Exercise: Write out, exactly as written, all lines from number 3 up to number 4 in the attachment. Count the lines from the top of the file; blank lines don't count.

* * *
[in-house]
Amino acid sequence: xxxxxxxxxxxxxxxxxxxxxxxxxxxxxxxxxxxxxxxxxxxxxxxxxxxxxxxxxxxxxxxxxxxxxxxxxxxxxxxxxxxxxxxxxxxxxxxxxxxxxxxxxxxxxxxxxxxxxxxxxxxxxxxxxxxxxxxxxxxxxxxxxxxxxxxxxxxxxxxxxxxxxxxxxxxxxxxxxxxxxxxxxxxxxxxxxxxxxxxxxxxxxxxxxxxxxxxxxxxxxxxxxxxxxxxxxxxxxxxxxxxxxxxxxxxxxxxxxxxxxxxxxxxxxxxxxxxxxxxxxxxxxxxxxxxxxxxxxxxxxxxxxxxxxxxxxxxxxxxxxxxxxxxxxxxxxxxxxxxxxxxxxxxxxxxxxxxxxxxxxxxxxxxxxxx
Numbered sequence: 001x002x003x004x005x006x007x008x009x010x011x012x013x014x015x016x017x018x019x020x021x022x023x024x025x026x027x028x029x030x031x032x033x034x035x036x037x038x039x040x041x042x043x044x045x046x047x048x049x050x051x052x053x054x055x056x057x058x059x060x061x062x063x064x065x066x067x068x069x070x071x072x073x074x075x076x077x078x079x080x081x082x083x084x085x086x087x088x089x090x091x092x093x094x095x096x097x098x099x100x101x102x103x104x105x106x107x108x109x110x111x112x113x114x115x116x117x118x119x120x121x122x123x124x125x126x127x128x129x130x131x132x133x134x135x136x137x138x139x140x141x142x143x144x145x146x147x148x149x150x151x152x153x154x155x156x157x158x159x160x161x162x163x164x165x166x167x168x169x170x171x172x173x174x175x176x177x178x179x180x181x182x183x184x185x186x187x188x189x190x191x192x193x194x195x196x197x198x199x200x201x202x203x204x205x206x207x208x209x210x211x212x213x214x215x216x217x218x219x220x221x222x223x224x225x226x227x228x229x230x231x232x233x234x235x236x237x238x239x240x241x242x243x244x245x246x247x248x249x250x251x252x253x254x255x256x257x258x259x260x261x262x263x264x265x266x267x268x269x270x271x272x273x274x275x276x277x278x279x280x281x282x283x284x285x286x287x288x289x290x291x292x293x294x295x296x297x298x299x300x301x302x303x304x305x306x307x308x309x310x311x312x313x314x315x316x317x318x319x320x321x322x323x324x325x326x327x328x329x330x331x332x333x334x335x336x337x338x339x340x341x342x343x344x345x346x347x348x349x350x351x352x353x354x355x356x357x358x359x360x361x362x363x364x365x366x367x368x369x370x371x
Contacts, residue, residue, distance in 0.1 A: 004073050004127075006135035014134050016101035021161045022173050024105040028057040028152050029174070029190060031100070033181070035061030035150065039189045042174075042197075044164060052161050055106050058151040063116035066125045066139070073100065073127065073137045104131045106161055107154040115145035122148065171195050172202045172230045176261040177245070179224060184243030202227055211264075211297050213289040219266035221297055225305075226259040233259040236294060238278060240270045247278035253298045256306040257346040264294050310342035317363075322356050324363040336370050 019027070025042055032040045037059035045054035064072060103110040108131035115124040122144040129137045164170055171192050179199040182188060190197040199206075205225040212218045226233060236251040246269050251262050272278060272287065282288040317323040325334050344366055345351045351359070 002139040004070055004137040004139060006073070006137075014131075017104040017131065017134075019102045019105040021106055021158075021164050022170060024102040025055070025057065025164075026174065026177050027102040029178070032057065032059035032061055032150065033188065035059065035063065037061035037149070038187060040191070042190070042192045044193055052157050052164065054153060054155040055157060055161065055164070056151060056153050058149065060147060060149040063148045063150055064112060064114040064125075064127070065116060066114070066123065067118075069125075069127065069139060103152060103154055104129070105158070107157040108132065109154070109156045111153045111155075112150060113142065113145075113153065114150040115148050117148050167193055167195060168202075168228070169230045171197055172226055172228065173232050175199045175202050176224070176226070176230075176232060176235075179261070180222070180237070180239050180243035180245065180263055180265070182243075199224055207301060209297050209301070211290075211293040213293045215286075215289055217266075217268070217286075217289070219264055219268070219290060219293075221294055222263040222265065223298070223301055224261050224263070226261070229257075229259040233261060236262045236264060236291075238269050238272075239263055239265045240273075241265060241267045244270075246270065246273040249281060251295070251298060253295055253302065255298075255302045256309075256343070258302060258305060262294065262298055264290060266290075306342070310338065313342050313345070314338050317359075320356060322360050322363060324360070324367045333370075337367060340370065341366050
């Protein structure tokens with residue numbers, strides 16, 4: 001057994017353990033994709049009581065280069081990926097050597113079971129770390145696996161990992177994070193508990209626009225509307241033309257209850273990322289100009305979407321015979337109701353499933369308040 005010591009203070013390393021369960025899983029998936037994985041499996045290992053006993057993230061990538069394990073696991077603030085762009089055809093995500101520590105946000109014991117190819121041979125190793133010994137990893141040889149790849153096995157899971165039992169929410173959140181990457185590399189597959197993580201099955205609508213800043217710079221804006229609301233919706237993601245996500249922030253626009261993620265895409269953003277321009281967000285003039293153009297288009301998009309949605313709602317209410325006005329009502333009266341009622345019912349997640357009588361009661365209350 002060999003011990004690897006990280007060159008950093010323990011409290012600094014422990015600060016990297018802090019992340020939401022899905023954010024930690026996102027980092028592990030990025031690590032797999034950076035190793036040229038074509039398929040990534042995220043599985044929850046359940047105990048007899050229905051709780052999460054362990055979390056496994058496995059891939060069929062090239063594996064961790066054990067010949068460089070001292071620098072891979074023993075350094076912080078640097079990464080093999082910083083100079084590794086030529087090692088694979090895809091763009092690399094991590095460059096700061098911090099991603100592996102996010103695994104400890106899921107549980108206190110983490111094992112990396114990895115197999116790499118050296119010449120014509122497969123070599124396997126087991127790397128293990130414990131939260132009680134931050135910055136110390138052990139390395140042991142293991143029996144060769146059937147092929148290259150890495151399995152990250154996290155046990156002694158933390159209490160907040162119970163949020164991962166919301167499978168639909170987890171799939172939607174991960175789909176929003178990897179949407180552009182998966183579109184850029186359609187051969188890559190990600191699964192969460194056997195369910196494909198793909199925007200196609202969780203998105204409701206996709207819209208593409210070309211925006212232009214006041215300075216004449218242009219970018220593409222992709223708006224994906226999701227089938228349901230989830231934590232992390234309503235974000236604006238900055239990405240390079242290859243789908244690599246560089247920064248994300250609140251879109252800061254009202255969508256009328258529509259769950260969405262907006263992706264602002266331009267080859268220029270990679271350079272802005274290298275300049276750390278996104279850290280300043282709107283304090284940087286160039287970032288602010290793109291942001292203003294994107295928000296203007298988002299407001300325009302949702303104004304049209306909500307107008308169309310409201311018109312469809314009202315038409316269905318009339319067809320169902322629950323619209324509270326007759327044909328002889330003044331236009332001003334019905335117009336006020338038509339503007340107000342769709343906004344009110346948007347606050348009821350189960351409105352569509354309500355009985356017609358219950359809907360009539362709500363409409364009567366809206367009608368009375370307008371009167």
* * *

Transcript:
Numbered sequence: 001x002x003x004x005x006x007x008x009x010x011x012x013x014x015x016x017x018x019x020x021x022x023x024x025x026x027x028x029x030x031x032x033x034x035x036x037x038x039x040x041x042x043x044x045x046x047x048x049x050x051x052x053x054x055x056x057x058x059x060x061x062x063x064x065x066x067x068x069x070x071x072x073x074x075x076x077x078x079x080x081x082x083x084x085x086x087x088x089x090x091x092x093x094x095x096x097x098x099x100x101x102x103x104x105x106x107x108x109x110x111x112x113x114x115x116x117x118x119x120x121x122x123x124x125x126x127x128x129x130x131x132x133x134x135x136x137x138x139x140x141x142x143x144x145x146x147x148x149x150x151x152x153x154x155x156x157x158x159x160x161x162x163x164x165x166x167x168x169x170x171x172x173x174x175x176x177x178x179x180x181x182x183x184x185x186x187x188x189x190x191x192x193x194x195x196x197x198x199x200x201x202x203x204x205x206x207x208x209x210x211x212x213x214x215x216x217x218x219x220x221x222x223x224x225x226x227x228x229x230x231x232x233x234x235x236x237x238x239x240x241x242x243x244x245x246x247x248x249x250x251x252x253x254x255x256x257x258x259x260x261x262x263x264x265x266x267x268x269x270x271x272x273x274x275x276x277x278x279x280x281x282x283x284x285x286x287x288x289x290x291x292x293x294x295x296x297x298x299x300x301x302x303x304x305x306x307x308x309x310x311x312x313x314x315x316x317x318x319x320x321x322x323x324x325x326x327x328x329x330x331x332x333x334x335x336x337x338x339x340x341x342x343x344x345x346x347x348x349x350x351x352x353x354x355x356x357x358x359x360x361x362x363x364x365x366x367x368x369x370x371x
Contacts, residue, residue, distance in 0.1 A: 004073050004127075006135035014134050016101035021161045022173050024105040028057040028152050029174070029190060031100070033181070035061030035150065039189045042174075042197075044164060052161050055106050058151040063116035066125045066139070073100065073127065073137045104131045106161055107154040115145035122148065171195050172202045172230045176261040177245070179224060184243030202227055211264075211297050213289040219266035221297055225305075226259040233259040236294060238278060240270045247278035253298045256306040257346040264294050310342035317363075322356050324363040336370050 019027070025042055032040045037059035045054035064072060103110040108131035115124040122144040129137045164170055171192050179199040182188060190197040199206075205225040212218045226233060236251040246269050251262050272278060272287065282288040317323040325334050344366055345351045351359070 002139040004070055004137040004139060006073070006137075014131075017104040017131065017134075019102045019105040021106055021158075021164050022170060024102040025055070025057065025164075026174065026177050027102040029178070032057065032059035032061055032150065033188065035059065035063065037061035037149070038187060040191070042190070042192045044193055052157050052164065054153060054155040055157060055161065055164070056151060056153050058149065060147060060149040063148045063150055064112060064114040064125075064127070065116060066114070066123065067118075069125075069127065069139060103152060103154055104129070105158070107157040108132065109154070109156045111153045111155075112150060113142065113145075113153065114150040115148050117148050167193055167195060168202075168228070169230045171197055172226055172228065173232050175199045175202050176224070176226070176230075176232060176235075179261070180222070180237070180239050180243035180245065180263055180265070182243075199224055207301060209297050209301070211290075211293040213293045215286075215289055217266075217268070217286075217289070219264055219268070219290060219293075221294055222263040222265065223298070223301055224261050224263070226261070229257075229259040233261060236262045236264060236291075238269050238272075239263055239265045240273075241265060241267045244270075246270065246273040249281060251295070251298060253295055253302065255298075255302045256309075256343070258302060258305060262294065262298055264290060266290075306342070310338065313342050313345070314338050317359075320356060322360050322363060324360070324367045333370075337367060340370065341366050